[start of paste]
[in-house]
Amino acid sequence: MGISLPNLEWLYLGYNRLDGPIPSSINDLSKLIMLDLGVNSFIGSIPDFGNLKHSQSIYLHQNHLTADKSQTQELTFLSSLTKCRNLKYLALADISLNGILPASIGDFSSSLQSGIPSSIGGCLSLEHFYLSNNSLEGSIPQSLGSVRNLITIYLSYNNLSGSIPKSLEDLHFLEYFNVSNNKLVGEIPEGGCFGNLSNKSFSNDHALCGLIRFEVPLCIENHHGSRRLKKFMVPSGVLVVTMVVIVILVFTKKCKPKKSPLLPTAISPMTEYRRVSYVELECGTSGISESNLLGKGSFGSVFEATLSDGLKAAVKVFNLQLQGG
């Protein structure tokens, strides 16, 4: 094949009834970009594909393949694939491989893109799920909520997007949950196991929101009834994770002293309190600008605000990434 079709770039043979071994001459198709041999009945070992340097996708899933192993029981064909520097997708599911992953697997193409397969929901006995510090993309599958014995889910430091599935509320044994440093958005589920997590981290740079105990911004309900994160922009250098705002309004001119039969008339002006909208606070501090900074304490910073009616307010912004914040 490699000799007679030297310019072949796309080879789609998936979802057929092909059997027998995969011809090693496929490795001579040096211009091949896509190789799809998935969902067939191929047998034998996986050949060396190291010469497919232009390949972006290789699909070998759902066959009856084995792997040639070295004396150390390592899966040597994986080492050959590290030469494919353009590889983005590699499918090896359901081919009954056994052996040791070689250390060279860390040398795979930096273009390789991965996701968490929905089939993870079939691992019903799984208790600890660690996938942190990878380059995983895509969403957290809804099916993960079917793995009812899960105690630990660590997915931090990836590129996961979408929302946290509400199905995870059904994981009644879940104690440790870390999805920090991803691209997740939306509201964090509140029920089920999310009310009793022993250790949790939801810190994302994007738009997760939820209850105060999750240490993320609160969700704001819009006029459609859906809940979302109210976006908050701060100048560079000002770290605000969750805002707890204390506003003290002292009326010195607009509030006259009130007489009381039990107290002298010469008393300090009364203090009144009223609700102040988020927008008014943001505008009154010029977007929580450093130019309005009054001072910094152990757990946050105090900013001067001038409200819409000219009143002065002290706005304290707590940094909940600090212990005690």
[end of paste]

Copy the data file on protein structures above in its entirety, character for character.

[in-house]
Amino acid sequence: MGISLPNLEWLYLGYNRLDGPIPSSINDLSKLIMLDLGVNSFIGSIPDFGNLKHSQSIYLHQNHLTADKSQTQELTFLSSLTKCRNLKYLALADISLNGILPASIGDFSSSLQSGIPSSIGGCLSLEHFYLSNNSLEGSIPQSLGSVRNLITIYLSYNNLSGSIPKSLEDLHFLEYFNVSNNKLVGEIPEGGCFGNLSNKSFSNDHALCGLIRFEVPLCIENHHGSRRLKKFMVPSGVLVVTMVVIVILVFTKKCKPKKSPLLPTAISPMTEYRRVSYVELECGTSGISESNLLGKGSFGSVFEATLSDGLKAAVKVFNLQLQGG
């Protein structure tokens, strides 16, 4: 094949009834970009594909393949694939491989893109799920909520997007949950196991929101009834994770002293309190600008605000990434 079709770039043979071994001459198709041999009945070992340097996708899933192993029981064909520097997708599911992953697997193409397969929901006995510090993309599958014995889910430091599935509320044994440093958005589920997590981290740079105990911004309900994160922009250098705002309004001119039969008339002006909208606070501090900074304490910073009616307010912004914040 490699000799007679030297310019072949796309080879789609998936979802057929092909059997027998995969011809090693496929490795001579040096211009091949896509190789799809998935969902067939191929047998034998996986050949060396190291010469497919232009390949972006290789699909070998759902066959009856084995792997040639070295004396150390390592899966040597994986080492050959590290030469494919353009590889983005590699499918090896359901081919009954056994052996040791070689250390060279860390040398795979930096273009390789991965996701968490929905089939993870079939691992019903799984208790600890660690996938942190990878380059995983895509969403957290809804099916993960079917793995009812899960105690630990660590997915931090990836590129996961979408929302946290509400199905995870059904994981009644879940104690440790870390999805920090991803691209997740939306509201964090509140029920089920999310009310009793022993250790949790939801810190994302994007738009997760939820209850105060999750240490993320609160969700704001819009006029459609859906809940979302109210976006908050701060100048560079000002770290605000969750805002707890204390506003003290002292009326010195607009509030006259009130007489009381039990107290002298010469008393300090009364203090009144009223609700102040988020927008008014943001505008009154010029977007929580450093130019309005009054001072910094152990757990946050105090900013001067001038409200819409000219009143002065002290706005304290707590940094909940600090212990005690």